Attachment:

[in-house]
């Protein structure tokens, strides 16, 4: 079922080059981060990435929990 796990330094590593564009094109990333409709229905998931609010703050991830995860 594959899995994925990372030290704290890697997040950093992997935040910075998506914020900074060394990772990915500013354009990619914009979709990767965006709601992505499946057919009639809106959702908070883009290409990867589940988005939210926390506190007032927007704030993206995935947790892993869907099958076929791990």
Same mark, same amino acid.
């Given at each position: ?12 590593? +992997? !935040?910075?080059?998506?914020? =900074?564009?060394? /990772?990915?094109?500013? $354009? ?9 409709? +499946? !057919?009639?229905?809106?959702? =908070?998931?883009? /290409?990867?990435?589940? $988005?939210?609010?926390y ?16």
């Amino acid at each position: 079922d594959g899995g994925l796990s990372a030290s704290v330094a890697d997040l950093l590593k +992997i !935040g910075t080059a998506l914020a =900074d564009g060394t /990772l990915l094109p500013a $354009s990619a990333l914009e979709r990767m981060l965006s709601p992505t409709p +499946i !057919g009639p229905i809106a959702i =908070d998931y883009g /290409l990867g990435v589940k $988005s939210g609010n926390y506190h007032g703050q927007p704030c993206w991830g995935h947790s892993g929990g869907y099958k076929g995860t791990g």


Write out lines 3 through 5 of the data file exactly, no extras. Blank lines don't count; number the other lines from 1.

Same mark, same amino acid.
């Given at each position: ?12 590593? +992997? !935040?910075?080059?998506?914020? =900074?564009?060394? /990772?990915?094109?500013? $354009? ?9 409709? +499946? !057919?009639?229905?809106?959702? =908070?998931?883009? /290409?990867?990435?589940? $988005?939210?609010?926390y ?16």
């Amino acid at each position: 079922d594959g899995g994925l796990s990372a030290s704290v330094a890697d997040l950093l590593k +992997i !935040g910075t080059a998506l914020a =900074d564009g060394t /990772l990915l094109p500013a $354009s990619a990333l914009e979709r990767m981060l965006s709601p992505t409709p +499946i !057919g009639p229905i809106a959702i =908070d998931y883009g /290409l990867g990435v589940k $988005s939210g609010n926390y506190h007032g703050q927007p704030c993206w991830g995935h947790s892993g929990g869907y099958k076929g995860t791990g």